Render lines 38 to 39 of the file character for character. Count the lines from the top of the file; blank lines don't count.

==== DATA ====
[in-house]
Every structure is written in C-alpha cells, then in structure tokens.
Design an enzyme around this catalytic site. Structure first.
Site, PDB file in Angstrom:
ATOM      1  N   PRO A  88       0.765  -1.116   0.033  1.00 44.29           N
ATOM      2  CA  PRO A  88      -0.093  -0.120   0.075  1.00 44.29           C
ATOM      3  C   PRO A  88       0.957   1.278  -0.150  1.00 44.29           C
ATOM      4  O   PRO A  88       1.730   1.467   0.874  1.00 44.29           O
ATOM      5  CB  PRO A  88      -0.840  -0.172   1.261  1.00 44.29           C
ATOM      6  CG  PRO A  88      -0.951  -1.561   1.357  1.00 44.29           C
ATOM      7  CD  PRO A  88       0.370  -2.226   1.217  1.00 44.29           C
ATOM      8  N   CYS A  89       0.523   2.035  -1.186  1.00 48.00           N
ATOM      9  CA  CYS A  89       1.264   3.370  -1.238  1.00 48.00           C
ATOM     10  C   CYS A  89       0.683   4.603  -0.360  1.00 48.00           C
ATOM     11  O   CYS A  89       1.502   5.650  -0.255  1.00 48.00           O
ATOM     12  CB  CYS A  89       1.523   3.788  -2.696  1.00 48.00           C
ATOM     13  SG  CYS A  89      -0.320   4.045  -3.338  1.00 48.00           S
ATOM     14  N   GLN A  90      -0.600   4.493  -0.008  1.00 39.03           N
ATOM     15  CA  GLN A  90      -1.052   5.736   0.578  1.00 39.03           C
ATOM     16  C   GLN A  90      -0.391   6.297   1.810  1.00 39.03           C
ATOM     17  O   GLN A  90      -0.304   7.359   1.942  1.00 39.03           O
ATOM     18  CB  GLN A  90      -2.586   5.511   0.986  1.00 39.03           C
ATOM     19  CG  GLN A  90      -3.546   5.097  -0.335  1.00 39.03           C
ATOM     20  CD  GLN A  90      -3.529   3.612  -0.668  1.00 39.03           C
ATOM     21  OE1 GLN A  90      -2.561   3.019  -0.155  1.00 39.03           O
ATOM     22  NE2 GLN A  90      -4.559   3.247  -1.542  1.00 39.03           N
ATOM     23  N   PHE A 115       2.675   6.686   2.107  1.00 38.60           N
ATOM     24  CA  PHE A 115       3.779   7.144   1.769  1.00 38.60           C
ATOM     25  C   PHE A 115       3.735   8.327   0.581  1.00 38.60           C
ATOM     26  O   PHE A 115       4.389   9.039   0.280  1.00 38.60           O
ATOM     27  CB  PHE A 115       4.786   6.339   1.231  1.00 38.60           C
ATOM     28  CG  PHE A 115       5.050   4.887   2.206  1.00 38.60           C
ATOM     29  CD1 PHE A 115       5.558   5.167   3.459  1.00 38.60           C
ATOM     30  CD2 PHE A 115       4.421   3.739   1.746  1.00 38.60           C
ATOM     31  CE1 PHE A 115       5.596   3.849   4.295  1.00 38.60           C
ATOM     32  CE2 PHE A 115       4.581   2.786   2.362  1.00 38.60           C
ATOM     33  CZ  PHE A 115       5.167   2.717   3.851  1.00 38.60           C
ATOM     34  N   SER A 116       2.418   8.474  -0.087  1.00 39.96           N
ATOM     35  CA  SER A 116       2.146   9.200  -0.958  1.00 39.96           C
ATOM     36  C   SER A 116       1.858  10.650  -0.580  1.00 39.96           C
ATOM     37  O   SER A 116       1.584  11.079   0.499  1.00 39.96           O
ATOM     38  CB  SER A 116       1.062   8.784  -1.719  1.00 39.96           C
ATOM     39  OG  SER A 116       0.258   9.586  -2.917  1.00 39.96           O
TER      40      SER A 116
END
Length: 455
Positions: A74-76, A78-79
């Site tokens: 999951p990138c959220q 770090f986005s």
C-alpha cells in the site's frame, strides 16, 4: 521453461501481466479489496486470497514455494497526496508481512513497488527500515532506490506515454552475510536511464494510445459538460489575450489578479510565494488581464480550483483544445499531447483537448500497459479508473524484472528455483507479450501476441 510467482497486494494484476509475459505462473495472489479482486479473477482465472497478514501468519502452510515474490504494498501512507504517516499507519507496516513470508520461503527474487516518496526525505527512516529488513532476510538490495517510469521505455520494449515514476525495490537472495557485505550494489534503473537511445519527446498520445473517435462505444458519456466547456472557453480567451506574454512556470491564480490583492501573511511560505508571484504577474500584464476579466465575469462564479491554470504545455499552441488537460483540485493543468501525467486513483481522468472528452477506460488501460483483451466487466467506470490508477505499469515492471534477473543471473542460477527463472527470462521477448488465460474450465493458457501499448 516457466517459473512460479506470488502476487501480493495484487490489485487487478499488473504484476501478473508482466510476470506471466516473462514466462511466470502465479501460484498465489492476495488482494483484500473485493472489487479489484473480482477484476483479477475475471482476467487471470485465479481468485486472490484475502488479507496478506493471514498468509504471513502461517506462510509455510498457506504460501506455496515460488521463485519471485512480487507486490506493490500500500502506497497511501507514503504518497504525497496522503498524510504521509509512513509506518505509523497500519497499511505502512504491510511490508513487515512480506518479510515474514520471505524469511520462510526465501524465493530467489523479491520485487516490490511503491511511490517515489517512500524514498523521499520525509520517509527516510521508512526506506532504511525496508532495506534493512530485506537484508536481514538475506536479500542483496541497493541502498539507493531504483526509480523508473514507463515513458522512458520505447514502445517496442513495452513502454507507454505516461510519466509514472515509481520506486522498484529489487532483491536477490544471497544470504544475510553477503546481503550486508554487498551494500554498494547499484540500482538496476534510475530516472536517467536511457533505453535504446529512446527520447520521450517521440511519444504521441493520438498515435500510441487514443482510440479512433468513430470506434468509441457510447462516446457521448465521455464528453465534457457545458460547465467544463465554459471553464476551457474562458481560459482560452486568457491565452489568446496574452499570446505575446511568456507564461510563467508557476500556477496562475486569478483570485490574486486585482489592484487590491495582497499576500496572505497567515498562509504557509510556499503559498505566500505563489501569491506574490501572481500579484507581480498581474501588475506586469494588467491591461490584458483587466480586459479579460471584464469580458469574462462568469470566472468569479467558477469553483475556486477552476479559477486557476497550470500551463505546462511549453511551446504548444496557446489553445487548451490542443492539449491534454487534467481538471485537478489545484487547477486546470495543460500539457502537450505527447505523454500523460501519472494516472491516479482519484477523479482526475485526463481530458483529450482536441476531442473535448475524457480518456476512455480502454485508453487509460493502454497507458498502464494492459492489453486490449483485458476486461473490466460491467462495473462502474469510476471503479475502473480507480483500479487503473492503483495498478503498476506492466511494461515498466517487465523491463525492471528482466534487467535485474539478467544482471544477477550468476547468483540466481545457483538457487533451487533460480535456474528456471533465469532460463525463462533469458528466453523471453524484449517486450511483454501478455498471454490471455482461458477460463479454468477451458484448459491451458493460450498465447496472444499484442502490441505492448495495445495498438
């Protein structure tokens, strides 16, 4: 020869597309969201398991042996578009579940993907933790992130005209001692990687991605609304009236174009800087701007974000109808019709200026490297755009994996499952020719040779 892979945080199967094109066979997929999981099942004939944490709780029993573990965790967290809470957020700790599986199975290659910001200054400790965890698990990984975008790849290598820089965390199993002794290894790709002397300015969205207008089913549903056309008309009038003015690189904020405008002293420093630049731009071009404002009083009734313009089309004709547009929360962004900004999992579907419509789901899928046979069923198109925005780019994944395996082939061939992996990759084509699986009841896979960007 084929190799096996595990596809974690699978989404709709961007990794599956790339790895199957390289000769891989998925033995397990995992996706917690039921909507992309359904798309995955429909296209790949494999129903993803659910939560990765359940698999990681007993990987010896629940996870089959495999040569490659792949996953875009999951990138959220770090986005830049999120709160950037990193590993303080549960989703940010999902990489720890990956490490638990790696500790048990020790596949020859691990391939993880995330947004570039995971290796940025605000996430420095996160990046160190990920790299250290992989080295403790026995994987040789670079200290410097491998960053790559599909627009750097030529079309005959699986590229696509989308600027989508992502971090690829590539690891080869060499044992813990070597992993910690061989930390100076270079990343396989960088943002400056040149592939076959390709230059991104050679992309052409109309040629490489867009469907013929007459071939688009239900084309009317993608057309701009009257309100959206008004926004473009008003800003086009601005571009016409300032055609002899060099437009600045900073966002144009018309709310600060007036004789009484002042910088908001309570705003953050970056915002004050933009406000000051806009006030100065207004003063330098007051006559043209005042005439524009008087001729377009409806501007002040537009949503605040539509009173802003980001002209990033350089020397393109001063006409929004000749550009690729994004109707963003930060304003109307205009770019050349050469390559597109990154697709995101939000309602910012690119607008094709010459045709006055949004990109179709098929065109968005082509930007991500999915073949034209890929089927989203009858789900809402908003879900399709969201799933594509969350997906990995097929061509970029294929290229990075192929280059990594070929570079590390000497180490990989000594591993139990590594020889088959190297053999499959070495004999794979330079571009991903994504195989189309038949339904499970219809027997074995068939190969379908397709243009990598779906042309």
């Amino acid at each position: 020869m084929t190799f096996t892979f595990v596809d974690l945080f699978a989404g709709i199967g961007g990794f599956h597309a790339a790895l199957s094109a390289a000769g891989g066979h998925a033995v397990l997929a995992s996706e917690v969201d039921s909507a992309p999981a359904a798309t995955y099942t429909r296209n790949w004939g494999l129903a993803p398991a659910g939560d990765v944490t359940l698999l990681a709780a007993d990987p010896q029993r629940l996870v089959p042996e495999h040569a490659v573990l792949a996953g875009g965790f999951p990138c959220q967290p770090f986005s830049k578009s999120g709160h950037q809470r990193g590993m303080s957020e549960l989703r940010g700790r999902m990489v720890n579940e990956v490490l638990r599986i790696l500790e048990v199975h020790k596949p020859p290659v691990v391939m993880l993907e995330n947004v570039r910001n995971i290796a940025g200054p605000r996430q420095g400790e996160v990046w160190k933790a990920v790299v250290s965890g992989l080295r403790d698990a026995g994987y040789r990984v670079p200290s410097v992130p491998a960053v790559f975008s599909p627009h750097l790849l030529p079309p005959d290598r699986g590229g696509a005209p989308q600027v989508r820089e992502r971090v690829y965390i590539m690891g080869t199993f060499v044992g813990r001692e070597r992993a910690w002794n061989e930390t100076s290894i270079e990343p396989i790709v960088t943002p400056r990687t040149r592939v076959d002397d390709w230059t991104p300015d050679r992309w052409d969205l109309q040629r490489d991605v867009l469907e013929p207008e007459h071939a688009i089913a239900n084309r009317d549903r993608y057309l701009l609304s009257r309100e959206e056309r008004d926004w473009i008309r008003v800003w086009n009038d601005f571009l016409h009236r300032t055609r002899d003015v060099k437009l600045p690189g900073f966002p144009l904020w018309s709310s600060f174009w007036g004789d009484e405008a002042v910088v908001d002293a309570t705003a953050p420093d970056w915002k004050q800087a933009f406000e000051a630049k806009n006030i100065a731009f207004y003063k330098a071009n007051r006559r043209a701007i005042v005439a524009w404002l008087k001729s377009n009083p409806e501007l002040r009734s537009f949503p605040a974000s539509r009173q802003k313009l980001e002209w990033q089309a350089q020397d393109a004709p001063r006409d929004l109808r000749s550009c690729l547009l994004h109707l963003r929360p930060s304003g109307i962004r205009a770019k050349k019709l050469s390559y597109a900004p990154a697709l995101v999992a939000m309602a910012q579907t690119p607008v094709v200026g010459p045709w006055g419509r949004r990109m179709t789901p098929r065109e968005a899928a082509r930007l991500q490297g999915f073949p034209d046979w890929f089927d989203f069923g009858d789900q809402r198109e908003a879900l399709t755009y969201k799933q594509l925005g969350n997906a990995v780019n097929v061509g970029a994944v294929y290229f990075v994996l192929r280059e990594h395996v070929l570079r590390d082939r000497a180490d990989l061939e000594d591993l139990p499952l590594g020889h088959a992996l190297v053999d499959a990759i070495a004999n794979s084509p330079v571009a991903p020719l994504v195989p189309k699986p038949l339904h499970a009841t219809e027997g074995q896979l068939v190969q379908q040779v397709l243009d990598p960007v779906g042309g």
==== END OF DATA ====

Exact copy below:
ATOM     34  N   SER A 116       2.418   8.474  -0.087  1.00 39.96           N
ATOM     35  CA  SER A 116       2.146   9.200  -0.958  1.00 39.96           C